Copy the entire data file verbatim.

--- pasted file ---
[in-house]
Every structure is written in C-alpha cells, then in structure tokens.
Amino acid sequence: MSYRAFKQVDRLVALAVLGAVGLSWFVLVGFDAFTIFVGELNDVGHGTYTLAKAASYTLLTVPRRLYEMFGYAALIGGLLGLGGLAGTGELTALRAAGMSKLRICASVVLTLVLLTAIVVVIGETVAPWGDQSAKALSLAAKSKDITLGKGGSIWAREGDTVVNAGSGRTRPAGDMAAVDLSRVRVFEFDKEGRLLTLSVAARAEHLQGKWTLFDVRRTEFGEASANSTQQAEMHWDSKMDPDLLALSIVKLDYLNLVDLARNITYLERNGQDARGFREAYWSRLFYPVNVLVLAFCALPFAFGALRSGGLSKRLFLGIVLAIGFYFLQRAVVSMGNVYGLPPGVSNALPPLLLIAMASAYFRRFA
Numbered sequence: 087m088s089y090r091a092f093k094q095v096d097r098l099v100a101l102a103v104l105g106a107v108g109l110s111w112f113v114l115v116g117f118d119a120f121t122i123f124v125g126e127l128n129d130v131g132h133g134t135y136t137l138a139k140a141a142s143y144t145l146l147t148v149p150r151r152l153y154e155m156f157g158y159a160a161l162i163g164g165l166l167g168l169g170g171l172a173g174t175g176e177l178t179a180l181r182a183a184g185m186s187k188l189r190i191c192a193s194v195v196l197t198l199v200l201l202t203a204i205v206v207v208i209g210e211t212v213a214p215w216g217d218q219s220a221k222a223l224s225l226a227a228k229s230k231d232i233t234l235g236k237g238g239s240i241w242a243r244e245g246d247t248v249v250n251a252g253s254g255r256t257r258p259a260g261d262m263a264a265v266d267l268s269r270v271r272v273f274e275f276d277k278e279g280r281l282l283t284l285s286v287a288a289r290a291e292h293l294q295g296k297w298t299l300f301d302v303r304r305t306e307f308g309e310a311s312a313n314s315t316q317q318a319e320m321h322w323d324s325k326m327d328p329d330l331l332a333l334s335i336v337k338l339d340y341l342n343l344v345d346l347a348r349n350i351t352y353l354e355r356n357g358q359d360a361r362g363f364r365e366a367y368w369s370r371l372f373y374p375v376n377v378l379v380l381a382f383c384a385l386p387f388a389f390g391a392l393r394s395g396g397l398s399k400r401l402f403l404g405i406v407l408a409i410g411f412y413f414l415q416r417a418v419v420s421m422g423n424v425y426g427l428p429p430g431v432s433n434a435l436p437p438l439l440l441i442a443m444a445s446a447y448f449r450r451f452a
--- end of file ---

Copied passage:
[in-house]
Every structure is written in C-alpha cells, then in structure tokens.
Amino acid sequence: MSYRAFKQVDRLVALAVLGAVGLSWFVLVGFDAFTIFVGELNDVGHGTYTLAKAASYTLLTVPRRLYEMFGYAALIGGLLGLGGLAGTGELTALRAAGMSKLRICASVVLTLVLLTAIVVVIGETVAPWGDQSAKALSLAAKSKDITLGKGGSIWAREGDTVVNAGSGRTRPAGDMAAVDLSRVRVFEFDKEGRLLTLSVAARAEHLQGKWTLFDVRRTEFGEASANSTQQAEMHWDSKMDPDLLALSIVKLDYLNLVDLARNITYLERNGQDARGFREAYWSRLFYPVNVLVLAFCALPFAFGALRSGGLSKRLFLGIVLAIGFYFLQRAVVSMGNVYGLPPGVSNALPPLLLIAMASAYFRRFA
Numbered sequence: 087m088s089y090r091a092f093k094q095v096d097r098l099v100a101l102a103v104l105g106a107v108g109l110s111w112f113v114l115v116g117f118d119a120f121t122i123f124v125g126e127l128n129d130v131g132h133g134t135y136t137l138a139k140a141a142s143y144t145l146l147t148v149p150r151r152l153y154e155m156f157g158y159a160a161l162i163g164g165l166l167g168l169g170g171l172a173g174t175g176e177l178t179a180l181r182a183a184g185m186s187k188l189r190i191c192a193s194v195v196l197t198l199v200l201l202t203a204i205v206v207v208i209g210e211t212v213a214p215w216g217d218q219s220a221k222a223l224s225l226a227a228k229s230k231d232i233t234l235g236k237g238g239s240i241w242a243r244e245g246d247t248v249v250n251a252g253s254g255r256t257r258p259a260g261d262m263a264a265v266d267l268s269r270v271r272v273f274e275f276d277k278e279g280r281l282l283t284l285s286v287a288a289r290a291e292h293l294q295g296k297w298t299l300f301d302v303r304r305t306e307f308g309e310a311s312a313n314s315t316q317q318a319e320m321h322w323d324s325k326m327d328p329d330l331l332a333l334s335i336v337k338l339d340y341l342n343l344v345d346l347a348r349n350i351t352y353l354e355r356n357g358q359d360a361r362g363f364r365e366a367y368w369s370r371l372f373y374p375v376n377v378l379v380l381a382f383c384a385l386p387f388a389f390g391a392l393r394s395g396g397l398s399k400r401l402f403l404g405i406v407l408a409i410g411f412y413f414l415q416r417a418v419v420s421m422g423n424v425y426g427l428p429p430g431v432s433n434a435l436p437p438l439l440l441i442a443m444a445s446a447y448f449r450r451f452a